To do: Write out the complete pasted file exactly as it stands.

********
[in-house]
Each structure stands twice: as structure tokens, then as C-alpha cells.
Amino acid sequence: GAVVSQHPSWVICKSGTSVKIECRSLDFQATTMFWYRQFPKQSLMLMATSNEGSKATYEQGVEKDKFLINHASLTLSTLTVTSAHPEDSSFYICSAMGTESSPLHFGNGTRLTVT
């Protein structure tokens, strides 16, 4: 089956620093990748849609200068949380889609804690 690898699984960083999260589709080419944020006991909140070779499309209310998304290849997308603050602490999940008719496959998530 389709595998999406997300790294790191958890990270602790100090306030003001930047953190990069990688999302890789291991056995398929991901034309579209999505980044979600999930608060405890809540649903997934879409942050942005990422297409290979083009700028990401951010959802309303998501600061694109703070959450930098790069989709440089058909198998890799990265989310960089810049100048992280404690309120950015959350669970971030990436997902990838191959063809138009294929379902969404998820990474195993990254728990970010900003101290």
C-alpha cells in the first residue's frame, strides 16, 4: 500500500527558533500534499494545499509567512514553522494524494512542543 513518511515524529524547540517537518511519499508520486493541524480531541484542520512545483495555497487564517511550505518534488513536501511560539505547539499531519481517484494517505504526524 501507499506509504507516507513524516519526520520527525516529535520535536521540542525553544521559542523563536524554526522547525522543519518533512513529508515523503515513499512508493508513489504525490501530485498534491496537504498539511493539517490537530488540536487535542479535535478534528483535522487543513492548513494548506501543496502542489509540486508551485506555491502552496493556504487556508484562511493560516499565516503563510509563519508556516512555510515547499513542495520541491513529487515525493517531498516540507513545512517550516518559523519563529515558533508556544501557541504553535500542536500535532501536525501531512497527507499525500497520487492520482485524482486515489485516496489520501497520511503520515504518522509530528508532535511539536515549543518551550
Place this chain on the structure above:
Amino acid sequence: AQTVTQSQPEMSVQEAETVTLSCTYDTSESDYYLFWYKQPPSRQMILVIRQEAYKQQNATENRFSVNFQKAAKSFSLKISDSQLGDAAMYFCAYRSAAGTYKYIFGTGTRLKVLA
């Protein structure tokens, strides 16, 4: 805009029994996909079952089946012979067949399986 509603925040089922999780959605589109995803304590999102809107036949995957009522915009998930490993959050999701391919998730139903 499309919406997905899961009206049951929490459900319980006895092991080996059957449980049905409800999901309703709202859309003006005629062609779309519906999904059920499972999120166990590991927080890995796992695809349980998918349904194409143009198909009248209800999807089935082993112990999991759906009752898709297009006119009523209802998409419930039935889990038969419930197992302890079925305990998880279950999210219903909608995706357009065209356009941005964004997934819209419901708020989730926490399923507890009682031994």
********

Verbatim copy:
[in-house]
Each structure stands twice: as structure tokens, then as C-alpha cells.
Amino acid sequence: GAVVSQHPSWVICKSGTSVKIECRSLDFQATTMFWYRQFPKQSLMLMATSNEGSKATYEQGVEKDKFLINHASLTLSTLTVTSAHPEDSSFYICSAMGTESSPLHFGNGTRLTVT
């Protein structure tokens, strides 16, 4: 089956620093990748849609200068949380889609804690 690898699984960083999260589709080419944020006991909140070779499309209310998304290849997308603050602490999940008719496959998530 389709595998999406997300790294790191958890990270602790100090306030003001930047953190990069990688999302890789291991056995398929991901034309579209999505980044979600999930608060405890809540649903997934879409942050942005990422297409290979083009700028990401951010959802309303998501600061694109703070959450930098790069989709440089058909198998890799990265989310960089810049100048992280404690309120950015959350669970971030990436997902990838191959063809138009294929379902969404998820990474195993990254728990970010900003101290």
C-alpha cells in the first residue's frame, strides 16, 4: 500500500527558533500534499494545499509567512514553522494524494512542543 513518511515524529524547540517537518511519499508520486493541524480531541484542520512545483495555497487564517511550505518534488513536501511560539505547539499531519481517484494517505504526524 501507499506509504507516507513524516519526520520527525516529535520535536521540542525553544521559542523563536524554526522547525522543519518533512513529508515523503515513499512508493508513489504525490501530485498534491496537504498539511493539517490537530488540536487535542479535535478534528483535522487543513492548513494548506501543496502542489509540486508551485506555491502552496493556504487556508484562511493560516499565516503563510509563519508556516512555510515547499513542495520541491513529487515525493517531498516540507513545512517550516518559523519563529515558533508556544501557541504553535500542536500535532501536525501531512497527507499525500497520487492520482485524482486515489485516496489520501497520511503520515504518522509530528508532535511539536515549543518551550
Place this chain on the structure above:
Amino acid sequence: AQTVTQSQPEMSVQEAETVTLSCTYDTSESDYYLFWYKQPPSRQMILVIRQEAYKQQNATENRFSVNFQKAAKSFSLKISDSQLGDAAMYFCAYRSAAGTYKYIFGTGTRLKVLA
């Protein structure tokens, strides 16, 4: 805009029994996909079952089946012979067949399986 509603925040089922999780959605589109995803304590999102809107036949995957009522915009998930490993959050999701391919998730139903 499309919406997905899961009206049951929490459900319980006895092991080996059957449980049905409800999901309703709202859309003006005629062609779309519906999904059920499972999120166990590991927080890995796992695809349980998918349904194409143009198909009248209800999807089935082993112990999991759906009752898709297009006119009523209802998409419930039935889990038969419930197992302890079925305990998880279950999210219903909608995706357009065209356009941005964004997934819209419901708020989730926490399923507890009682031994």